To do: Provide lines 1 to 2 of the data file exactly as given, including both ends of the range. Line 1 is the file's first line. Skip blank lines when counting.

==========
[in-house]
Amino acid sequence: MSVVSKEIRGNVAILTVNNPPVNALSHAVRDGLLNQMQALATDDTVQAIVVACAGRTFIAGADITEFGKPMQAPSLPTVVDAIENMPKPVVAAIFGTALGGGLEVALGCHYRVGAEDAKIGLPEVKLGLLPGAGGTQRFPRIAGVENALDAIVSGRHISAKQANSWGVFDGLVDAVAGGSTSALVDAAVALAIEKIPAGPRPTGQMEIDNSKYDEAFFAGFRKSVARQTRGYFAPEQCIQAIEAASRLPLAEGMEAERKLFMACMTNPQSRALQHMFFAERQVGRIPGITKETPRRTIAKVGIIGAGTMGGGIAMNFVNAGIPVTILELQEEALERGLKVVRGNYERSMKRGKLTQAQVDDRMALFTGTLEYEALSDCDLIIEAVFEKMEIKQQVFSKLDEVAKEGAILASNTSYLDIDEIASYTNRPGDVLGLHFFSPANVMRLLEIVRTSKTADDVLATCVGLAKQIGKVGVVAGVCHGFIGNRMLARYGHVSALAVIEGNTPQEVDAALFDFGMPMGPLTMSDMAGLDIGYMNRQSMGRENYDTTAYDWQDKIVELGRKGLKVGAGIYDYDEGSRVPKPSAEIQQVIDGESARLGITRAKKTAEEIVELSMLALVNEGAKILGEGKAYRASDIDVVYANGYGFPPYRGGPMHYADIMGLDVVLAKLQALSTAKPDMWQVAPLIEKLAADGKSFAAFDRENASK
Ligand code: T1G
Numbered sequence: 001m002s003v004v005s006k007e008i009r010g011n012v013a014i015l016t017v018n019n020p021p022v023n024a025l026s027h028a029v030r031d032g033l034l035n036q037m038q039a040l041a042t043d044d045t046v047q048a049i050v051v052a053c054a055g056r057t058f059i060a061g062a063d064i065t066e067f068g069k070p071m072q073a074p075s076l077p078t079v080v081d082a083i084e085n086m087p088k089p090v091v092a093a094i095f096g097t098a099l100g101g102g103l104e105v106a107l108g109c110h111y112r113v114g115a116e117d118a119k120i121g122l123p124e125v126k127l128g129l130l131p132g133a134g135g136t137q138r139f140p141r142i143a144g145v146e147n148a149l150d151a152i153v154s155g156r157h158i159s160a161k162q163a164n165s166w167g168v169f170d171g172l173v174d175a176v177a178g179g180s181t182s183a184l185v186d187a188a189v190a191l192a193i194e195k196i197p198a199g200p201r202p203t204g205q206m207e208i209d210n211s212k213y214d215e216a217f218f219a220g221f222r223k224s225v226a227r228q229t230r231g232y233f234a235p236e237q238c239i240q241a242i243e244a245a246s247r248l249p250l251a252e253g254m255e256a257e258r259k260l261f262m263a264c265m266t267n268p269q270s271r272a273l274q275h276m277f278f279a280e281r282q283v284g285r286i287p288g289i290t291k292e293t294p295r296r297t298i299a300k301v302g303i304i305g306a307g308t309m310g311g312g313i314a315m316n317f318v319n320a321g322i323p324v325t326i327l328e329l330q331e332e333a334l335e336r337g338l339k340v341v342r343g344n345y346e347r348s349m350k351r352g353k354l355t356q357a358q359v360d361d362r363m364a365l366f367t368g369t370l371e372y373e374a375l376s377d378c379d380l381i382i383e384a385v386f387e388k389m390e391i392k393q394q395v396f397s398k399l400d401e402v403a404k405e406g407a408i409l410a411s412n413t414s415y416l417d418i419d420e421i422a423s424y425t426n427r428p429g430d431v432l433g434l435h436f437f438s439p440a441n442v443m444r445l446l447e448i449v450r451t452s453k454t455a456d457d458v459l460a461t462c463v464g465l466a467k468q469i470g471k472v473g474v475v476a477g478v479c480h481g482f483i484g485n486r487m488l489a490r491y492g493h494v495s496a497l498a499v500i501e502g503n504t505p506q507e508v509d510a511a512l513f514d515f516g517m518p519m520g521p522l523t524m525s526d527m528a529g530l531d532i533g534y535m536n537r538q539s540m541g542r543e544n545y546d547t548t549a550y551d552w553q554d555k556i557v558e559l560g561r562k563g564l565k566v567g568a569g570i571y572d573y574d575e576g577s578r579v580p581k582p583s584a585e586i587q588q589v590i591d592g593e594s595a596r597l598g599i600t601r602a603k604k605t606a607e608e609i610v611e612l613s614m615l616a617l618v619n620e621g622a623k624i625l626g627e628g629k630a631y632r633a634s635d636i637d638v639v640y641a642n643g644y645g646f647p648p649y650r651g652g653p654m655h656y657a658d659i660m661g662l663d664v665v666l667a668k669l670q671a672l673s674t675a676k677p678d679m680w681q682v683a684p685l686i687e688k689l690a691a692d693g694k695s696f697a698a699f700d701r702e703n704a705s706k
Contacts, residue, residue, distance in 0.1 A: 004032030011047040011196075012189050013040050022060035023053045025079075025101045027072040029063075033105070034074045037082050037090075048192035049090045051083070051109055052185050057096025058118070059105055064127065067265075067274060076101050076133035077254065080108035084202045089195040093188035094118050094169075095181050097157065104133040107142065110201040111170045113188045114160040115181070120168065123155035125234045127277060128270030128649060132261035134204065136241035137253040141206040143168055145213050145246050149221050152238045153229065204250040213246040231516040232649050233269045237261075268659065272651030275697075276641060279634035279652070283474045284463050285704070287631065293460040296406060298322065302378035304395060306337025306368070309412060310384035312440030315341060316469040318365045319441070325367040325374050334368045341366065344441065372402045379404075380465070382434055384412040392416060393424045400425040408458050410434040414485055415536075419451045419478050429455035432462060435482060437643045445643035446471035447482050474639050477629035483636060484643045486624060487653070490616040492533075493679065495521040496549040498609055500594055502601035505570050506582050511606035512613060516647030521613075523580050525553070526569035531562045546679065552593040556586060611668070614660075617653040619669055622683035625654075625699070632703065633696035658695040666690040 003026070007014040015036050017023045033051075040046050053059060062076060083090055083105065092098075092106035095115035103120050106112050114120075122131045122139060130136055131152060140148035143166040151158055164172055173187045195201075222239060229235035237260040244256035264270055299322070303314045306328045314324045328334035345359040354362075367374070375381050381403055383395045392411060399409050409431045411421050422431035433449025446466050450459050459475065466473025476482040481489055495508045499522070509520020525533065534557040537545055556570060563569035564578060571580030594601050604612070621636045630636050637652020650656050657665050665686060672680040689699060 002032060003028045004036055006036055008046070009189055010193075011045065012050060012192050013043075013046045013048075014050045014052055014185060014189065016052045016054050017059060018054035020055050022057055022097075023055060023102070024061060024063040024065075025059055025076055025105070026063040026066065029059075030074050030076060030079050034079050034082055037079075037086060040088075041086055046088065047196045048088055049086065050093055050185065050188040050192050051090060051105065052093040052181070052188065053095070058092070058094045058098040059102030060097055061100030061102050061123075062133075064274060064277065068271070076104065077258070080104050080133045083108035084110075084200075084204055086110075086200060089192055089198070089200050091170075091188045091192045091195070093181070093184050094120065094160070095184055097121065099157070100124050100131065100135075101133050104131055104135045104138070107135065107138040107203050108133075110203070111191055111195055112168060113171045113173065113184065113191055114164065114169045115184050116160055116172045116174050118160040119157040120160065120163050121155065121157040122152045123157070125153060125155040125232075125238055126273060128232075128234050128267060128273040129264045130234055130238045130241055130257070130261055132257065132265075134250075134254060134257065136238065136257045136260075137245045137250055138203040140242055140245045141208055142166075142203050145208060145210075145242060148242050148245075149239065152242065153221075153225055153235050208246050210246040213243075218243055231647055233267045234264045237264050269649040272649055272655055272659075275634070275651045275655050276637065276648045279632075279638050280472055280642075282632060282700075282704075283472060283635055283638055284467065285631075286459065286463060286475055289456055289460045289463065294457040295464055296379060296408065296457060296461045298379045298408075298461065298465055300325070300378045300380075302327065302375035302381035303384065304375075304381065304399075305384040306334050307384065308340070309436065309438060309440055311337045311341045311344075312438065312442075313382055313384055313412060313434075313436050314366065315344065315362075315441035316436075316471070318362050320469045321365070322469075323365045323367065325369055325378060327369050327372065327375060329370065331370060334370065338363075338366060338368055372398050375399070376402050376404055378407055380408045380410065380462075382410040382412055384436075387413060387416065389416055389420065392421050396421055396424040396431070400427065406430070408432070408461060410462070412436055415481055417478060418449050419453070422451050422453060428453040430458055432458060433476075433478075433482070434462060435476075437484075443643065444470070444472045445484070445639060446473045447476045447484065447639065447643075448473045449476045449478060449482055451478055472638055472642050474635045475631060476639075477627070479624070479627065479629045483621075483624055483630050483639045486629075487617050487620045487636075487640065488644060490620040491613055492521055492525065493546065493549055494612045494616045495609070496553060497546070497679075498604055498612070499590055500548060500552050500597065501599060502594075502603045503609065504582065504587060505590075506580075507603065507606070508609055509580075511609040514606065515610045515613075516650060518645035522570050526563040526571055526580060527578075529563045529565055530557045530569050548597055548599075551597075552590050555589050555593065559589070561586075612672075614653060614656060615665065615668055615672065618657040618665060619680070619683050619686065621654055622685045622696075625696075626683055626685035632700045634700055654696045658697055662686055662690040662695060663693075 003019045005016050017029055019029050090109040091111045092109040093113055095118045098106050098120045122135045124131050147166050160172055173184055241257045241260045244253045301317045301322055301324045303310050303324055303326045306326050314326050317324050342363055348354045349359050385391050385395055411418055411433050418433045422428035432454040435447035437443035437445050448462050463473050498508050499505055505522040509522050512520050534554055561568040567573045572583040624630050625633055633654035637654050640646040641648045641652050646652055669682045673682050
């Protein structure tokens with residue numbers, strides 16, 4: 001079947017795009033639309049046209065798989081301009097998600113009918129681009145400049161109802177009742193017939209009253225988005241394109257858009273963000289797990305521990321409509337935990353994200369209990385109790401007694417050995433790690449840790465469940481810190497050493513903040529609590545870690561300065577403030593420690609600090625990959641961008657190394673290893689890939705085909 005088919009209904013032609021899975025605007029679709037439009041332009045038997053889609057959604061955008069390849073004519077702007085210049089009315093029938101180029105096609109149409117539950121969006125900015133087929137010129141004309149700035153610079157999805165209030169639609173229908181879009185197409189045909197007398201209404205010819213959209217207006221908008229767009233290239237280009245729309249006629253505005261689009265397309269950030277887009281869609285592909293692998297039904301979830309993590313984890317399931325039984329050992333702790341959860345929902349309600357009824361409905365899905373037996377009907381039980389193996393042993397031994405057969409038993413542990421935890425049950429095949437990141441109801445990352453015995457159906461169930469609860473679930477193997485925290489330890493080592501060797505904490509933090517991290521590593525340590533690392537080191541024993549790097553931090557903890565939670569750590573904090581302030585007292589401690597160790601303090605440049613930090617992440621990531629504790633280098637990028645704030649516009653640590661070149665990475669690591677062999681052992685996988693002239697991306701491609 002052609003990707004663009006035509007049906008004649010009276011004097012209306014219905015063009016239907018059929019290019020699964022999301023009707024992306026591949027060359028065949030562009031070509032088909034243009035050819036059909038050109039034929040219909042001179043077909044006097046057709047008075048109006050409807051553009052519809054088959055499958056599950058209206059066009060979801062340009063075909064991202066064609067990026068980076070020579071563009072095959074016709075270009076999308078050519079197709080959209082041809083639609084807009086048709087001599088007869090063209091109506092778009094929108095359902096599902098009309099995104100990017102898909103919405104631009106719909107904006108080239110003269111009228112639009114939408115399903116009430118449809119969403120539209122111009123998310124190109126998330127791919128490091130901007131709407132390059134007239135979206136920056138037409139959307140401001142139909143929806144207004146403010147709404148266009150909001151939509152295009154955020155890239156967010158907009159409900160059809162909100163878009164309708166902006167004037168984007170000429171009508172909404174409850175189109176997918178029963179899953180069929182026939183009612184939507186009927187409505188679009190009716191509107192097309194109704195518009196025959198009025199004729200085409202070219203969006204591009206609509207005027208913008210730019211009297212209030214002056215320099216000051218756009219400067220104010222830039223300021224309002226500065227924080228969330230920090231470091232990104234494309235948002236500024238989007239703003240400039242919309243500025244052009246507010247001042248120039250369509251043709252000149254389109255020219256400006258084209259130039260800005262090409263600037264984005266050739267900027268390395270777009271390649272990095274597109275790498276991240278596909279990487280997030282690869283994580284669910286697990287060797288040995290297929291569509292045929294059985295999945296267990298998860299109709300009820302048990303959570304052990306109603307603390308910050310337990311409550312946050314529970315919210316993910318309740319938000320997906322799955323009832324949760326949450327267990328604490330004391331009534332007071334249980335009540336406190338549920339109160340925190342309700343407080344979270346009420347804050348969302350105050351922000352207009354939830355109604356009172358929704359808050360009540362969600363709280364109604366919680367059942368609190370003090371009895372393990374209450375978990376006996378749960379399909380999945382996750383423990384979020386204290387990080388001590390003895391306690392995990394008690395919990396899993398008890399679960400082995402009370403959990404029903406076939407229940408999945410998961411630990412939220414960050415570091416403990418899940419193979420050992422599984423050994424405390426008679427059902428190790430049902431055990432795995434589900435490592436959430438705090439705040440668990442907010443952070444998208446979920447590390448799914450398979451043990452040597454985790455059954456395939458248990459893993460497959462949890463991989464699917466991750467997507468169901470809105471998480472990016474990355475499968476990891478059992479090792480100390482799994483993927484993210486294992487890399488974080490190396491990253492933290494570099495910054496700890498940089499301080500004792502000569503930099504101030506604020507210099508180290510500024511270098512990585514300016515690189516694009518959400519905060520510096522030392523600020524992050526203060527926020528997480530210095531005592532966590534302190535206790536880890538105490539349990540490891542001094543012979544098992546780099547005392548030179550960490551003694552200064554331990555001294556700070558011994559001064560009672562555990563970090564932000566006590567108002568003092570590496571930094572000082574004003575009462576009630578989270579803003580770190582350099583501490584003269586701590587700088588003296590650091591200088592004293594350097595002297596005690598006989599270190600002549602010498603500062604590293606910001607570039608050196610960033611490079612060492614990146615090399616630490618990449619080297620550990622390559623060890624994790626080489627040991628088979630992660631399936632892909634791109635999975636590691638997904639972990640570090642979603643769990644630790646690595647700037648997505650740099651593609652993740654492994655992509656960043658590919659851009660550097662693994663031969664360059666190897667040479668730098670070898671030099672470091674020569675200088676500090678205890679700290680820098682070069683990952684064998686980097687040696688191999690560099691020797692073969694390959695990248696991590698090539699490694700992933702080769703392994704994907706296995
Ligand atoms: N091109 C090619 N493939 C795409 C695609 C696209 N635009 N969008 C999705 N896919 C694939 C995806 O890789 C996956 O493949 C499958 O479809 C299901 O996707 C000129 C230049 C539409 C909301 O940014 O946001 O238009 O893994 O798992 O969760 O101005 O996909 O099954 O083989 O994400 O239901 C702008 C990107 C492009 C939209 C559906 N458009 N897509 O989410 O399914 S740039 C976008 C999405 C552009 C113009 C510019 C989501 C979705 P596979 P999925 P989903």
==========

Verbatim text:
[in-house]
Amino acid sequence: MSVVSKEIRGNVAILTVNNPPVNALSHAVRDGLLNQMQALATDDTVQAIVVACAGRTFIAGADITEFGKPMQAPSLPTVVDAIENMPKPVVAAIFGTALGGGLEVALGCHYRVGAEDAKIGLPEVKLGLLPGAGGTQRFPRIAGVENALDAIVSGRHISAKQANSWGVFDGLVDAVAGGSTSALVDAAVALAIEKIPAGPRPTGQMEIDNSKYDEAFFAGFRKSVARQTRGYFAPEQCIQAIEAASRLPLAEGMEAERKLFMACMTNPQSRALQHMFFAERQVGRIPGITKETPRRTIAKVGIIGAGTMGGGIAMNFVNAGIPVTILELQEEALERGLKVVRGNYERSMKRGKLTQAQVDDRMALFTGTLEYEALSDCDLIIEAVFEKMEIKQQVFSKLDEVAKEGAILASNTSYLDIDEIASYTNRPGDVLGLHFFSPANVMRLLEIVRTSKTADDVLATCVGLAKQIGKVGVVAGVCHGFIGNRMLARYGHVSALAVIEGNTPQEVDAALFDFGMPMGPLTMSDMAGLDIGYMNRQSMGRENYDTTAYDWQDKIVELGRKGLKVGAGIYDYDEGSRVPKPSAEIQQVIDGESARLGITRAKKTAEEIVELSMLALVNEGAKILGEGKAYRASDIDVVYANGYGFPPYRGGPMHYADIMGLDVVLAKLQALSTAKPDMWQVAPLIEKLAADGKSFAAFDRENASK